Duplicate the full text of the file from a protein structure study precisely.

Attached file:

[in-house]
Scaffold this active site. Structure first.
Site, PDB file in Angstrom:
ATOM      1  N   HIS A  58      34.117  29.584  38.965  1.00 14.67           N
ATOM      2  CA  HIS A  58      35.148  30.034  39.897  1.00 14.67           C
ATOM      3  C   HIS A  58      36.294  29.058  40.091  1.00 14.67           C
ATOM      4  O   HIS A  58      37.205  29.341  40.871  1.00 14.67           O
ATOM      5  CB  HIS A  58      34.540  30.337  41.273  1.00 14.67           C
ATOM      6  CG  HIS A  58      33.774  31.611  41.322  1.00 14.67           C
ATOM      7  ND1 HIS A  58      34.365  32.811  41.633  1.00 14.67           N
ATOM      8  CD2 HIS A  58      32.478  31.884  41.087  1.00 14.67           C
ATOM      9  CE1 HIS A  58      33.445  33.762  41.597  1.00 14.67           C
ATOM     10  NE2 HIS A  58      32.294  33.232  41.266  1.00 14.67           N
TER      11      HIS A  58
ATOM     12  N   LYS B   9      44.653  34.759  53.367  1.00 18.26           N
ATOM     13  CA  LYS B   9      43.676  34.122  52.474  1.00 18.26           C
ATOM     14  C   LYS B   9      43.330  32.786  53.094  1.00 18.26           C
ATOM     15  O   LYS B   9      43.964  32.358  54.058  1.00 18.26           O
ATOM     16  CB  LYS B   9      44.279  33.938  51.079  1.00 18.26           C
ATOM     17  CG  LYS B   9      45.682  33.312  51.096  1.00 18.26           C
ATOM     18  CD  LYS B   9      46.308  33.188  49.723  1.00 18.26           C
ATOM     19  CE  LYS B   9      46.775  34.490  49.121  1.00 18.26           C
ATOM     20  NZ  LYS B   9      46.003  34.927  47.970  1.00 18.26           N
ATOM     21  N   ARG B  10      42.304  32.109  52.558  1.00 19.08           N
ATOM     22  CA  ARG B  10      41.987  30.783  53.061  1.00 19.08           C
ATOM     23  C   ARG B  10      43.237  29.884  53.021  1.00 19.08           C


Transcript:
[in-house]
Scaffold this active site. Structure first.
Site, PDB file in Angstrom:
ATOM      1  N   HIS A  58      34.117  29.584  38.965  1.00 14.67           N
ATOM      2  CA  HIS A  58      35.148  30.034  39.897  1.00 14.67           C
ATOM      3  C   HIS A  58      36.294  29.058  40.091  1.00 14.67           C
ATOM      4  O   HIS A  58      37.205  29.341  40.871  1.00 14.67           O
ATOM      5  CB  HIS A  58      34.540  30.337  41.273  1.00 14.67           C
ATOM      6  CG  HIS A  58      33.774  31.611  41.322  1.00 14.67           C
ATOM      7  ND1 HIS A  58      34.365  32.811  41.633  1.00 14.67           N
ATOM      8  CD2 HIS A  58      32.478  31.884  41.087  1.00 14.67           C
ATOM      9  CE1 HIS A  58      33.445  33.762  41.597  1.00 14.67           C
ATOM     10  NE2 HIS A  58      32.294  33.232  41.266  1.00 14.67           N
TER      11      HIS A  58
ATOM     12  N   LYS B   9      44.653  34.759  53.367  1.00 18.26           N
ATOM     13  CA  LYS B   9      43.676  34.122  52.474  1.00 18.26           C
ATOM     14  C   LYS B   9      43.330  32.786  53.094  1.00 18.26           C
ATOM     15  O   LYS B   9      43.964  32.358  54.058  1.00 18.26           O
ATOM     16  CB  LYS B   9      44.279  33.938  51.079  1.00 18.26           C
ATOM     17  CG  LYS B   9      45.682  33.312  51.096  1.00 18.26           C
ATOM     18  CD  LYS B   9      46.308  33.188  49.723  1.00 18.26           C
ATOM     19  CE  LYS B   9      46.775  34.490  49.121  1.00 18.26           C
ATOM     20  NZ  LYS B   9      46.003  34.927  47.970  1.00 18.26           N
ATOM     21  N   ARG B  10      42.304  32.109  52.558  1.00 19.08           N
ATOM     22  CA  ARG B  10      41.987  30.783  53.061  1.00 19.08           C
ATOM     23  C   ARG B  10      43.237  29.884  53.021  1.00 19.08           C